For boomkin specifically, there are a plethora of functional or newly functional abilities. Soothe is now the equivalent of a tranq shot, and every mob I have used it on (and appropriate bosses) have been “de-raged.” Barkskin isn’t just for getting off those extra casts in Sindragosa anymore, either; pull it out somewhere convenient. Solar Beam, though annoyingly bright to your tank, is a great interrupt (note: it does not silence bosses, but it will interrupt their non-protected casts).

Entangling Roots can be used for CC, and make sure Hibernate is out on your bar if you walk into Grim Batol, it’s an extra sheep for those pulls with dragonkin. Some of you may remember druids shifting out of form in BC heroics to tranquility the group–well guess what? Go ahead and plan for that, because it has saved my butt many times already. Don’t forget, of course, that you can also remove curses and poisons and can pop out and heal in a pinch!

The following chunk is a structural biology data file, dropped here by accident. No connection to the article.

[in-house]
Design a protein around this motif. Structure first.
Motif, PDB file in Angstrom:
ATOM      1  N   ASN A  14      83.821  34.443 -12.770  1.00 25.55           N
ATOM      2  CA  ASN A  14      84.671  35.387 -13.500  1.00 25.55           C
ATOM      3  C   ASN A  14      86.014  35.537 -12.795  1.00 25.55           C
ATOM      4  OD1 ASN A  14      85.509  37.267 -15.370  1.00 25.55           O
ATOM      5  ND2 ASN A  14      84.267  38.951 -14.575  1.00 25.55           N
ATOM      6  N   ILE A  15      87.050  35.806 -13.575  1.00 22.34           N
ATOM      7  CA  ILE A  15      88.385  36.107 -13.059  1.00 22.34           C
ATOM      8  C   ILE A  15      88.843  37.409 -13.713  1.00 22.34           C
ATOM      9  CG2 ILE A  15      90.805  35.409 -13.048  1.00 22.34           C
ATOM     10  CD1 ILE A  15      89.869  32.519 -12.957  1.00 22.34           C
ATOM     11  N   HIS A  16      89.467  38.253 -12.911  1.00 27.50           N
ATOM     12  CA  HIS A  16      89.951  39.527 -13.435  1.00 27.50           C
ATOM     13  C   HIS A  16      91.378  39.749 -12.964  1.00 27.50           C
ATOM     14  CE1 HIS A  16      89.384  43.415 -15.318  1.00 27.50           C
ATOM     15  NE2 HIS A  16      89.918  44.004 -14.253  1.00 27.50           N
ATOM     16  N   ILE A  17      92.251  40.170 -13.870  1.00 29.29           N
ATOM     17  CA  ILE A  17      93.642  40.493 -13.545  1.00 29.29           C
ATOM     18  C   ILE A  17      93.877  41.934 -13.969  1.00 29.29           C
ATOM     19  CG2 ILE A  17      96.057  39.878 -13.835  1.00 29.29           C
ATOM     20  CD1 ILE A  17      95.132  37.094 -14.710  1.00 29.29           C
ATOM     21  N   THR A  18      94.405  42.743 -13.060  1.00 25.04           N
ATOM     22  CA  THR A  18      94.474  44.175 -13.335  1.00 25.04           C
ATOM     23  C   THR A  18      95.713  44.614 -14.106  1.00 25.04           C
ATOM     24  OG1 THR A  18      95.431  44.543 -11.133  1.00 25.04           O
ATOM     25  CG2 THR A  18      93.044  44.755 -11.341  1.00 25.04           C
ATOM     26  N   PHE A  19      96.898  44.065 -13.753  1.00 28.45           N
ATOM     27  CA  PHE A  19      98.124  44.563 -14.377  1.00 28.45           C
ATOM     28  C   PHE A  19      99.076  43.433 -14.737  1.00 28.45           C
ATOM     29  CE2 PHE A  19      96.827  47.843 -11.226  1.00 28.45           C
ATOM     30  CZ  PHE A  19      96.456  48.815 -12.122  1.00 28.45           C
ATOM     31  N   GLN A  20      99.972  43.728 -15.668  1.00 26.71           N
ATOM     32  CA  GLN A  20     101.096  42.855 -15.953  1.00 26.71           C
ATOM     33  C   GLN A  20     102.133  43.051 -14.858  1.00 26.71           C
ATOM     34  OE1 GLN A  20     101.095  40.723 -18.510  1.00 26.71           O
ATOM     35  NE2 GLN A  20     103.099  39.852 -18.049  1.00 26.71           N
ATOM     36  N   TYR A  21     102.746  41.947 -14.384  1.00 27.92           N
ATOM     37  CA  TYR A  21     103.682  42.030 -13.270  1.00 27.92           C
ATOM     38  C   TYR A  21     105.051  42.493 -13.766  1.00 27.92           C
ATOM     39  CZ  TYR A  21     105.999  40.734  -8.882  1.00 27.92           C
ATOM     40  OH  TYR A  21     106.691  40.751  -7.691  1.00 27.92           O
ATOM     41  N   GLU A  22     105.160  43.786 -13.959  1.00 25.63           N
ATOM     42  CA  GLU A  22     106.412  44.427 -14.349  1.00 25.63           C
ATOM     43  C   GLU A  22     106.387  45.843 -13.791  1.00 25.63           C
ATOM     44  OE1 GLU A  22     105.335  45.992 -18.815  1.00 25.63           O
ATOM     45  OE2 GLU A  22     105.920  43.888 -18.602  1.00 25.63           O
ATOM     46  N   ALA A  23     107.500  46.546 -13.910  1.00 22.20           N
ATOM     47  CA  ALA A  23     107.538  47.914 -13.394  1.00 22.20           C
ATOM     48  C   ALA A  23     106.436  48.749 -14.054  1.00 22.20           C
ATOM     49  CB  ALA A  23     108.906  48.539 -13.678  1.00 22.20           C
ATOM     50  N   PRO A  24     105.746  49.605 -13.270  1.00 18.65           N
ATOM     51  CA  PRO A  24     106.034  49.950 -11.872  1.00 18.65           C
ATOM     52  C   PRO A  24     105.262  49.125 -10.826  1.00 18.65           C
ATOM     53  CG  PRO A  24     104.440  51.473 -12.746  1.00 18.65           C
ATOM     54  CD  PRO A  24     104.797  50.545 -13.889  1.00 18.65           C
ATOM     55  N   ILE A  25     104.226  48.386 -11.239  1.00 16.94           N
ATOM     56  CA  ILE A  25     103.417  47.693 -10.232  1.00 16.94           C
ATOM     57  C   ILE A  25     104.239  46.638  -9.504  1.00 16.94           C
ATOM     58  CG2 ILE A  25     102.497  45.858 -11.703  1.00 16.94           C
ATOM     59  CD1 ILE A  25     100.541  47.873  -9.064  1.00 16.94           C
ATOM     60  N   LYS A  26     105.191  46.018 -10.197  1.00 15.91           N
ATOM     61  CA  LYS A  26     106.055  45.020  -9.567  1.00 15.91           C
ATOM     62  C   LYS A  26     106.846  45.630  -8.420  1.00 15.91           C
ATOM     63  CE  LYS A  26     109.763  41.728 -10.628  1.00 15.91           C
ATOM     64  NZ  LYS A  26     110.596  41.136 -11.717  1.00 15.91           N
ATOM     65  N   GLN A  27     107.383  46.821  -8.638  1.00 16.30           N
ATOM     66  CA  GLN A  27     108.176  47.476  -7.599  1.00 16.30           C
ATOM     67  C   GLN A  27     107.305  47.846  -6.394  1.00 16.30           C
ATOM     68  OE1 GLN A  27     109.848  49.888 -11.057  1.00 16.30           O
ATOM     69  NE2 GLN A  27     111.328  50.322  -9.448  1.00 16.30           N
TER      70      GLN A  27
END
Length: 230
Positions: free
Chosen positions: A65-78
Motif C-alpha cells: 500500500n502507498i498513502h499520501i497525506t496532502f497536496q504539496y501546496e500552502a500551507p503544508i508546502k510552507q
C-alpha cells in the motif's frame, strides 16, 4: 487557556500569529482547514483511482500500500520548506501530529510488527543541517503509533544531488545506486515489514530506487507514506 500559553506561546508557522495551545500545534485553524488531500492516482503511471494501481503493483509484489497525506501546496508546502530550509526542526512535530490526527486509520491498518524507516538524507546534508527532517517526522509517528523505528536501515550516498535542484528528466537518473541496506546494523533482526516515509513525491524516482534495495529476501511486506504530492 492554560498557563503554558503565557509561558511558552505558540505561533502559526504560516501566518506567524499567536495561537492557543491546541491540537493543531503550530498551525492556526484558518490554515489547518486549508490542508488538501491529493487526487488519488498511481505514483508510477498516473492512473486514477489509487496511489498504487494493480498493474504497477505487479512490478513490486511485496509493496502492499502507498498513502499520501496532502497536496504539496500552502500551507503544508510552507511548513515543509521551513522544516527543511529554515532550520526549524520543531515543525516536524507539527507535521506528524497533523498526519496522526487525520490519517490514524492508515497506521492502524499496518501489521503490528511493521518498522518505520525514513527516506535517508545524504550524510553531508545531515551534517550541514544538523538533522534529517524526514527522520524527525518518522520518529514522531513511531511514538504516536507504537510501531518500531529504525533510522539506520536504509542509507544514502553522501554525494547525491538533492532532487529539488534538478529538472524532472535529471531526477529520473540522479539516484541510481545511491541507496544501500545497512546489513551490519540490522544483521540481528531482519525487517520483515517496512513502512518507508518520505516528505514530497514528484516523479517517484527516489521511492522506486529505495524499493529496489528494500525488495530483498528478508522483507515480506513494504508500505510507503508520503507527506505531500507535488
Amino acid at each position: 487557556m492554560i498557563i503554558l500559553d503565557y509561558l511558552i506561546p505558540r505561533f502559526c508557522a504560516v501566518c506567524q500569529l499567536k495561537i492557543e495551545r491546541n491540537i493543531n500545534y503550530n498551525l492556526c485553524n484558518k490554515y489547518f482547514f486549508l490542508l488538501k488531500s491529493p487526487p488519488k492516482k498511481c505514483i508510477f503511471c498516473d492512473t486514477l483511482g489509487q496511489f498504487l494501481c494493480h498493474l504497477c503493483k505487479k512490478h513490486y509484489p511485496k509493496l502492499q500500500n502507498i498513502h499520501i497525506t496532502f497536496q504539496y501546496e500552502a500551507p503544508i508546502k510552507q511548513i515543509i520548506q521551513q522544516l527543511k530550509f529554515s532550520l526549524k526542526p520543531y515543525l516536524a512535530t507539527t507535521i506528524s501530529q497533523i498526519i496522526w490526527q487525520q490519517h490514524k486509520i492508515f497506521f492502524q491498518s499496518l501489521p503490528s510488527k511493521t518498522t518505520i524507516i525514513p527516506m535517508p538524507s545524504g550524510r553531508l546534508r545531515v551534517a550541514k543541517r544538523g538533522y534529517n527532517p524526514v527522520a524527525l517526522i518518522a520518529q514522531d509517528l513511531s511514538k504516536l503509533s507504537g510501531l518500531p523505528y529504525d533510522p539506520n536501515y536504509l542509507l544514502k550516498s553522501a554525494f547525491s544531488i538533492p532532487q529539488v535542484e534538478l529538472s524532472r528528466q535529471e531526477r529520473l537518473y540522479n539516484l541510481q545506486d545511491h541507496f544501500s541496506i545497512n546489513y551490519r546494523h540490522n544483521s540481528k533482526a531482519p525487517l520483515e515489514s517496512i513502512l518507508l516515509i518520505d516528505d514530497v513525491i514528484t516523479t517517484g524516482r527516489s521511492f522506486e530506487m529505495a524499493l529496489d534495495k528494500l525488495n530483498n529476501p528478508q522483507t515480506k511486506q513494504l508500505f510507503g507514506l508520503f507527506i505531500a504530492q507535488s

Also, look at your professions. Do you have a potion you can make that will help with a resistance? How about Lifeblood, herbalists? And for heaven’s sake, train First Aid!

2. And When To Use It. Knowing that you have a spell and knowing when to use it are two separate things, and you need to understand both. Does the boss cast two abilities? Which one is most important to interrupt? Which type of mob should be crowd controlled? (Tanks are technically supposed to know this, too; but if you’re in a PuG that may or may not be the case). When should you use a cooldown, and when should you save it?